Our was the Halifax explosion…the recounting of the shear power of it is staggering…
Blast cloud of the explosion
Plan showing the radius of the explosion
A view across the devastation of Halifax two days after the explosion, looking toward the Dartmouth side of the harbour. Imo is visible aground on the far side of the harbour.
Determining 9:04:35 a.m. as the precise time of the Halifax Explosion, 6:54, 4 December 1992, CBC Archive
At 9:04:35 am the out-of-control fire on board Mont-Blanc set off her cargo of high explosives. The ship was completely blown apart and a powerful blast wave radiated away from the explosion initially at more than 1,000 metres (3,300 ft) per second. Temperatures of 5,000 °C (9,000 °F) and pressures of thousands of atmospheres accompanied the moment of detonation at the centre of the explosion. White-hot shards of iron fell down upon Halifax and Dartmouth. Mont-Blanc 's forward 90-mm gun landed approximately 5.6 kilometres (3.5 mi) north of the explosion site near Albro Lake in Dartmouth with its barrel melted away, and the shank of Mont-Blanc 's anchor, weighing half a ton, landed 3.2 kilometres (2.0 mi) south at Armdale.
A cloud of white smoke rose to at least 3,600 metres (11,800 ft). The shock wave from the blast travelled through the earth at nearly 23 times the speed of sound and was felt as far away as Cape Breton (207 kilometres or 129 miles) and Prince Edward Island (180 kilometres or 110 miles). An area of over 160 hectares (400 acres) was completely destroyed by the explosion, and the harbour floor was momentarily exposed by the volume of water that was displaced. A tsunami was formed by water surging in to fill the void; it rose as high as 18 metres (60 ft) above the high-water mark on the Halifax side of the harbour. Imo was carried onto the shore at Dartmouth by the tsunami. The blast killed all but one on the whaler, everyone on the pinnace and 21 of the 26 men on Stella Maris; she ended up on the Dartmouth shore, severely damaged. The captain’s son, First Mate Walter Brannen, who had been thrown into the hold by the blast, survived, as did four others. All but one of the Mont-Blanc crew members survived.
Over 1,600 people were killed instantly and 9,000 were injured, more than 300 of whom later died. Every building within a 2.6-kilometre (1.6 mi) radius, over 12,000 in total, was destroyed or badly damaged. Hundreds of people who had been watching the fire from their homes were blinded when the blast wave shattered the windows in front of them. Stoves and lamps overturned by the force of the blast sparked fires throughout Halifax, particularly in the North End, where entire city blocks were caught up in the inferno, trapping residents inside their houses. Firefighter Billy Wells, who was thrown away from the explosion and had his clothes torn from his body, described the devastation survivors faced: “The sight was awful, with people hanging out of windows dead. Some with their heads missing, and some thrown onto the overhead telegraph wires.” He was the only member of the eight-man crew of the fire engine Patricia to survive.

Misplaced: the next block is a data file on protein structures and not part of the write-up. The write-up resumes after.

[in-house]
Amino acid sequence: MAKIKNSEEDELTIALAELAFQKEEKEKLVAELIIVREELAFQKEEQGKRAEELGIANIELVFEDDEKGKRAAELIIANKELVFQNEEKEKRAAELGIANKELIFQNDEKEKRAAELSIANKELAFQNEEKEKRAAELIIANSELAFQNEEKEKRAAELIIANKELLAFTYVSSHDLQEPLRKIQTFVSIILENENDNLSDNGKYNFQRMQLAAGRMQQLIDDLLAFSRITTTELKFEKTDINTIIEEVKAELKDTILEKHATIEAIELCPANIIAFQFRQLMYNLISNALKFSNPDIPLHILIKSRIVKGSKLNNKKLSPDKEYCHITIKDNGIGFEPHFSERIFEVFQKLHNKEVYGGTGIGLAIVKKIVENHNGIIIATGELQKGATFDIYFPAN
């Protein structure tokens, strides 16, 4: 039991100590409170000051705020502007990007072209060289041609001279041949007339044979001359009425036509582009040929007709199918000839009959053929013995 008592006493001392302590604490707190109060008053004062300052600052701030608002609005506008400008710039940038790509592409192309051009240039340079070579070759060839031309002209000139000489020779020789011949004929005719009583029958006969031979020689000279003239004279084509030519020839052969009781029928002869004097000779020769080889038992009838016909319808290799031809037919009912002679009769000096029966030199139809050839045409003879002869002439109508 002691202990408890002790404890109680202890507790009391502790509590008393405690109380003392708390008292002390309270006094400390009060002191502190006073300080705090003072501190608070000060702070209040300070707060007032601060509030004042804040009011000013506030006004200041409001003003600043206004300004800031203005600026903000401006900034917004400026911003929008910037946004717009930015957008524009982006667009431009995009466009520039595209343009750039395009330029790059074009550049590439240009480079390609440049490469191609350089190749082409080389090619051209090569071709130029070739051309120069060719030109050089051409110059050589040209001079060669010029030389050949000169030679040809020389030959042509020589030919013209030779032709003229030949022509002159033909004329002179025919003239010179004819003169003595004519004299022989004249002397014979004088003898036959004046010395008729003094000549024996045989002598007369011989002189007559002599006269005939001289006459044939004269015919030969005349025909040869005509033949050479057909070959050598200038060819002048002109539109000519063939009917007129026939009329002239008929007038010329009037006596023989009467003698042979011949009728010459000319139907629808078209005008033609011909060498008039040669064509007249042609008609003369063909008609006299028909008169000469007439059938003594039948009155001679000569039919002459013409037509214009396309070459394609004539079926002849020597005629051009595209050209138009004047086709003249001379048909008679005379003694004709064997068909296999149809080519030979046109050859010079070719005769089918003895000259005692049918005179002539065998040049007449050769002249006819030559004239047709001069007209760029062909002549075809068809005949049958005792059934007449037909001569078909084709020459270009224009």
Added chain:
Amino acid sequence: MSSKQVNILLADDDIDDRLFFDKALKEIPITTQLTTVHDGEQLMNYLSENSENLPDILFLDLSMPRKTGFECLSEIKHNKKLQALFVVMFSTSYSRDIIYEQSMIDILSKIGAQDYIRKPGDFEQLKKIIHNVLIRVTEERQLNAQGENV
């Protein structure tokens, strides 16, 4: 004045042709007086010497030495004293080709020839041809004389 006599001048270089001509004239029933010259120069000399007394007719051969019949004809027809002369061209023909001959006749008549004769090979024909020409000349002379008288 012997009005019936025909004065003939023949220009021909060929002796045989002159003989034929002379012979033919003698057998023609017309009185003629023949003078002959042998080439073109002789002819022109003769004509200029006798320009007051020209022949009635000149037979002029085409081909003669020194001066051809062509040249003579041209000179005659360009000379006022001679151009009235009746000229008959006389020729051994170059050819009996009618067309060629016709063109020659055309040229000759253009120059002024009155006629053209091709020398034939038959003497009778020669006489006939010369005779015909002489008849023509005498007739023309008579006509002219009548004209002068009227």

Large brick and stone factories near Pier 6, such as the Acadia Sugar Refinery, disappeared into unrecognizable heaps of rubble, killing most of their workers. The Nova Scotia cotton mill located 1.5 km (0.93 mile) from the blast was destroyed by fire and the collapse of its concrete floors. The Royal Naval College of Canada building was badly damaged, and several cadets and instructors maimed. The Richmond Railway Yards and station were destroyed, killing 55 railway workers and destroying and damaging over 500 railway cars. The North Street Station, one of the busiest in Canada, was badly damaged.
View from the waterfront looking west from the ruins of the Sugar Refinery across the obliterated Richmond District several days after the explosion. The remains of Pier 6, site of the explosion, are on the extreme right.
The death toll could have been worse had it not been for the self-sacrifice of an Intercolonial Railway dispatcher, Patrick Vincent (Vince) Coleman, operating at the railyard about 750 feet (230 m) from Pier 6, where the explosion occurred. He and his co-worker, William Lovett, learned of the dangerous cargo aboard the burning Mont-Blanc from a sailor and began to flee. Coleman remembered that an incoming passenger train from Saint John, New Brunswick, was due to arrive at the railyard within minutes. He returned to his post alone and continued to send out urgent telegraph messages to stop the train. Several variations of the message have been reported, among them this from the Maritime Museum of the Atlantic: “Hold up the train. Ammunition ship afire in harbor making for Pier 6 and will explode. Guess this will be my last message. Good-bye boys.” Coleman’s message was responsible for bringing all incoming trains around Halifax to a halt. It was heard by other stations all along the Intercolonial Railway, helping railway officials to respond immediately. Passenger Train No. 10, the overnight train from Saint John, is believed to have heeded the warning and stopped a safe distance from the blast at Rockingham, saving the lives of about 300 railway passengers. Coleman was killed at his post. He was honoured with a Heritage Minute in the 1990s, inducted into the Canadian Railway Hall of Fame in 2004, and a new Halifax-Dartmouth Ferry was named for him in 2018.